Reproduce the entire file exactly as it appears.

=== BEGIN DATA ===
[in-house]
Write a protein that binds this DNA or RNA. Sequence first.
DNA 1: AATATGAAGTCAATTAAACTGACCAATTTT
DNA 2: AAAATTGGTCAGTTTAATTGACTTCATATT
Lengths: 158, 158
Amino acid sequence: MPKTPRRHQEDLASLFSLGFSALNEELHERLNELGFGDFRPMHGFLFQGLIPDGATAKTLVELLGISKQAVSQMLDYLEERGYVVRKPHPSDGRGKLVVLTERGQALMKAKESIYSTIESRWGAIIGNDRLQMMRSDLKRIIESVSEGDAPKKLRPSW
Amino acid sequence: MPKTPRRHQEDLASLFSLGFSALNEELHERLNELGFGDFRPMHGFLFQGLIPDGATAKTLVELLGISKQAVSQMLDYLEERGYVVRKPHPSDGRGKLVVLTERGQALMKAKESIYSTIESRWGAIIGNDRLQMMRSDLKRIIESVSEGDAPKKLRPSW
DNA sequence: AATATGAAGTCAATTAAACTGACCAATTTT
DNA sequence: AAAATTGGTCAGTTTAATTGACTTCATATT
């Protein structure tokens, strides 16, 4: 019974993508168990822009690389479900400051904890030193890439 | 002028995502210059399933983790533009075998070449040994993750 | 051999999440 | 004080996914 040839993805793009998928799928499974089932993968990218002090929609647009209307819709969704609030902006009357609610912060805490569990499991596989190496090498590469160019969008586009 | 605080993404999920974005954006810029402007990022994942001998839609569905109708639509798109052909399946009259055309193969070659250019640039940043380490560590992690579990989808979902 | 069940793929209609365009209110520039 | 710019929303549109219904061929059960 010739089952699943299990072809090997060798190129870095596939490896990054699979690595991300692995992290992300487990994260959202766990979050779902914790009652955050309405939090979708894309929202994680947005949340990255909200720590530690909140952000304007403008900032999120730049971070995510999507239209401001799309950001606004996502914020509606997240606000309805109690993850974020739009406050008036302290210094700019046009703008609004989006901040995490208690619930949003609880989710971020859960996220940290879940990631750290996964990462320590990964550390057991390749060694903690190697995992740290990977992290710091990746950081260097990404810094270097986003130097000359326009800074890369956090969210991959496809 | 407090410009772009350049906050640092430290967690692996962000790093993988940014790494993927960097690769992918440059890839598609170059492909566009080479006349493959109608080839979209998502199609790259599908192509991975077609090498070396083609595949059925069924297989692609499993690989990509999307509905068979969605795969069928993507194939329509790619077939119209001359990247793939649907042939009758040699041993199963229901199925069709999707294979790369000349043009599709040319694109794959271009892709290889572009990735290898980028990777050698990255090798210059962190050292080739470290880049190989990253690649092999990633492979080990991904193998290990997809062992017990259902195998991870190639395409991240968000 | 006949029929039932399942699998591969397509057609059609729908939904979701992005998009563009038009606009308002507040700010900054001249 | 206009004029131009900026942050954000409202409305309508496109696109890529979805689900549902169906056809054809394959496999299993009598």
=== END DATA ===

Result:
[in-house]
Write a protein that binds this DNA or RNA. Sequence first.
DNA 1: AATATGAAGTCAATTAAACTGACCAATTTT
DNA 2: AAAATTGGTCAGTTTAATTGACTTCATATT
Lengths: 158, 158
Amino acid sequence: MPKTPRRHQEDLASLFSLGFSALNEELHERLNELGFGDFRPMHGFLFQGLIPDGATAKTLVELLGISKQAVSQMLDYLEERGYVVRKPHPSDGRGKLVVLTERGQALMKAKESIYSTIESRWGAIIGNDRLQMMRSDLKRIIESVSEGDAPKKLRPSW
Amino acid sequence: MPKTPRRHQEDLASLFSLGFSALNEELHERLNELGFGDFRPMHGFLFQGLIPDGATAKTLVELLGISKQAVSQMLDYLEERGYVVRKPHPSDGRGKLVVLTERGQALMKAKESIYSTIESRWGAIIGNDRLQMMRSDLKRIIESVSEGDAPKKLRPSW
DNA sequence: AATATGAAGTCAATTAAACTGACCAATTTT
DNA sequence: AAAATTGGTCAGTTTAATTGACTTCATATT
């Protein structure tokens, strides 16, 4: 019974993508168990822009690389479900400051904890030193890439 | 002028995502210059399933983790533009075998070449040994993750 | 051999999440 | 004080996914 040839993805793009998928799928499974089932993968990218002090929609647009209307819709969704609030902006009357609610912060805490569990499991596989190496090498590469160019969008586009 | 605080993404999920974005954006810029402007990022994942001998839609569905109708639509798109052909399946009259055309193969070659250019640039940043380490560590992690579990989808979902 | 069940793929209609365009209110520039 | 710019929303549109219904061929059960 010739089952699943299990072809090997060798190129870095596939490896990054699979690595991300692995992290992300487990994260959202766990979050779902914790009652955050309405939090979708894309929202994680947005949340990255909200720590530690909140952000304007403008900032999120730049971070995510999507239209401001799309950001606004996502914020509606997240606000309805109690993850974020739009406050008036302290210094700019046009703008609004989006901040995490208690619930949003609880989710971020859960996220940290879940990631750290996964990462320590990964550390057991390749060694903690190697995992740290990977992290710091990746950081260097990404810094270097986003130097000359326009800074890369956090969210991959496809 | 407090410009772009350049906050640092430290967690692996962000790093993988940014790494993927960097690769992918440059890839598609170059492909566009080479006349493959109608080839979209998502199609790259599908192509991975077609090498070396083609595949059925069924297989692609499993690989990509999307509905068979969605795969069928993507194939329509790619077939119209001359990247793939649907042939009758040699041993199963229901199925069709999707294979790369000349043009599709040319694109794959271009892709290889572009990735290898980028990777050698990255090798210059962190050292080739470290880049190989990253690649092999990633492979080990991904193998290990997809062992017990259902195998991870190639395409991240968000 | 006949029929039932399942699998591969397509057609059609729908939904979701992005998009563009038009606009308002507040700010900054001249 | 206009004029131009900026942050954000409202409305309508496109696109890529979805689900549902169906056809054809394959496999299993009598």